New Recipes for Hoya Haters

The Common Sea Squirt or Sea Pineapple (Halocynthia roretzi), ‘Hoya’/海鞘 in Japanese, is this weird not-so-appetizing-looking seafood that we can find in Japanese supermarkets. For the biology-nerds among us, Hoya is an immobile filter feeder that lives on the ocean floor and feeds on Plankton. The sea pineapple is predominantly consumed in Korea, where it is known as Meongge (멍게), and to a lesser extent in Japan, where it is known as Hoya (ホヤ) or Maboya (マボヤ). In Japan, Hoya is cultivated mainly in Miyagi Prefecture, while naturally occurring Hoya are also found in the coastal areas of Iwate Prefecture.

Hoya is a divider of the people. Most who try Hoya for the first time will agree that it is somewhat of an acquired taste. But now that formal introductions are done, let’s talk about some innovative new recipes that might just change the minds of the most entrenched Hoya haters! Hoya can be eaten raw as sashimi, slightly boiled or even pickled. Below are some recipes influenced by my own cultural background of Algerian and French. But before that, let me pay tribute to the Japanese culture!


Let’s begin with Hoya prepared in Japanese style: “Hoya Salad”. A simple yet tasty dish of Hoya sashimi (raw Hoya) on top of a bed of lettuce seasoned with a dressing of your choice. As the Mediterranean girl that I am, I recommend a simple seasoning with olive oil and lemon juice, with an option of pieces of Japanese lemon tossed in (I used Hokkaido lemon).



Our second Hoya recipe is prepared in Algerian style: I call it “Chtitha Hoya”. Chtitha is a local way of cooking a dish which can basically be either meat, shrimp, chicken or carrots cooked in tomato sauce. The ingredients and steps are as follows: fry chopped garlic and Hoya with olive oil. Then add tomato (paste or chopped) and season using salt, black pepper, cumin, and bay leaf. This dish can be eaten warm or cold, with bread or rice, as a main dish or as an appetizer with a salad.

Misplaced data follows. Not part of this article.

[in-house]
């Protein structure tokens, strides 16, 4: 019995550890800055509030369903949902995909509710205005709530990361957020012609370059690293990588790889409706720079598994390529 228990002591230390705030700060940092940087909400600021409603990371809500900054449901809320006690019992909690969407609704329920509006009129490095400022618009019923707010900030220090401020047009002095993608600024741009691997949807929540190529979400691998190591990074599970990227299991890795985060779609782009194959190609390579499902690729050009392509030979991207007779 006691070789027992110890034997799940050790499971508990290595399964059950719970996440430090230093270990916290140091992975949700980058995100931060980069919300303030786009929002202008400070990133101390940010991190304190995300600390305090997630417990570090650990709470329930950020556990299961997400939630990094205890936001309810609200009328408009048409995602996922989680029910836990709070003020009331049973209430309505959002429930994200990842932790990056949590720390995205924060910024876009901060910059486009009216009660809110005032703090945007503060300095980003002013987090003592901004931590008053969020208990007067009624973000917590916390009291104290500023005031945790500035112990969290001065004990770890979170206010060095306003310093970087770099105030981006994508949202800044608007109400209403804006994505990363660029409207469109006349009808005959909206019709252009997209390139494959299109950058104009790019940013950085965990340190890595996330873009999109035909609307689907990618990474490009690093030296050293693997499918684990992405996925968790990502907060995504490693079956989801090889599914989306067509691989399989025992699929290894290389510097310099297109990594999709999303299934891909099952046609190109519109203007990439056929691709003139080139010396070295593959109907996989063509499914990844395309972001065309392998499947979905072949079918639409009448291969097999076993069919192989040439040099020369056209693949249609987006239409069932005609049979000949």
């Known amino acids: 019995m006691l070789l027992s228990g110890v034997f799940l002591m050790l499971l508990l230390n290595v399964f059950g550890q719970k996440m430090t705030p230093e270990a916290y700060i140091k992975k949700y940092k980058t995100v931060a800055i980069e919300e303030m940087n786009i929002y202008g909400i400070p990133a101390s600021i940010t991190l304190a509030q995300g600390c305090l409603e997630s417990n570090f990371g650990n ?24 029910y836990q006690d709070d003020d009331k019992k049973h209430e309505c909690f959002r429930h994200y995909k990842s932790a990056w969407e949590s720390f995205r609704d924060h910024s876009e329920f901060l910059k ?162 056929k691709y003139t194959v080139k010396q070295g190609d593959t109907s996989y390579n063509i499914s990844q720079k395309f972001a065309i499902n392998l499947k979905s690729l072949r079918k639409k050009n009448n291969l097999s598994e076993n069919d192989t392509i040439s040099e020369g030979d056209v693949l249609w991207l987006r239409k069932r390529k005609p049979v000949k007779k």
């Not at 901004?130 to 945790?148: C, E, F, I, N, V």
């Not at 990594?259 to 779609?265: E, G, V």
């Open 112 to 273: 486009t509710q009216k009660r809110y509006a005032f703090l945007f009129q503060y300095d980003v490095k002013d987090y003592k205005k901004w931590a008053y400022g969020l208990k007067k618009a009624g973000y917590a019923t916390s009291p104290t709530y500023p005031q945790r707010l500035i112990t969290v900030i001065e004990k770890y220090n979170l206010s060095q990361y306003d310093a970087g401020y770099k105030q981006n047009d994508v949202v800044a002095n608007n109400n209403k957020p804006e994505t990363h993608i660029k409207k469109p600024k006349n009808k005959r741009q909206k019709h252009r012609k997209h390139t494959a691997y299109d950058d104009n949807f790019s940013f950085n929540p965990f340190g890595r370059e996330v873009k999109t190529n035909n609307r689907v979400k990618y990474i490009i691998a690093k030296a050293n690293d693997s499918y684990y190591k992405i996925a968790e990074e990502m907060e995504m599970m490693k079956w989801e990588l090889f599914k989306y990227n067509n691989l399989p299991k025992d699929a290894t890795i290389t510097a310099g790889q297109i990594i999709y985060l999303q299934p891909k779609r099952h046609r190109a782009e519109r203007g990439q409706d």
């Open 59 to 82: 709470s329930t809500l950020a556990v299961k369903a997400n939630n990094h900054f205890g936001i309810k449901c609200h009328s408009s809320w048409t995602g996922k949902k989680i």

Next is Hoya prepared in French style: “Gratin de Hoya”. Sea pineapple, shrimps, clams, and mushrooms are stir-fried with olive oil, salt and black pepper.  Then, after spooning the mix into a small earthenware pot, add “béchamel” sauce (white sauce made of butter (2tbs), flour (2tbs), ¼ cup heated milk, salt, black pepper, and nutmeg).  You can top this with cheese and then bake it in an oven or microwave for a few minutes. In the same way as the Chtitha Hoya, this dish also goes well with bread or rice – the choice is yours.


Finally, one for the busy people – a quick and easy recipe: Crêpes with seafood and vegetable stir-fry.  For the seafood, I used Hoya and shrimp; for the vegetables I chose to add onion, mushroom, carrots, and sweet pepper; for seasoning, some olive oil, black pepper, salt, thyme, and sage leaves. I put the mixture inside some freshly made crêpes with cheese and said “itadakimasu! / 頂きます” !


And there you have it – Hoya haters, you will hate how good these dishes taste! Give them a try, form your own opinions and let your imagination run free creating new recipes of your own!

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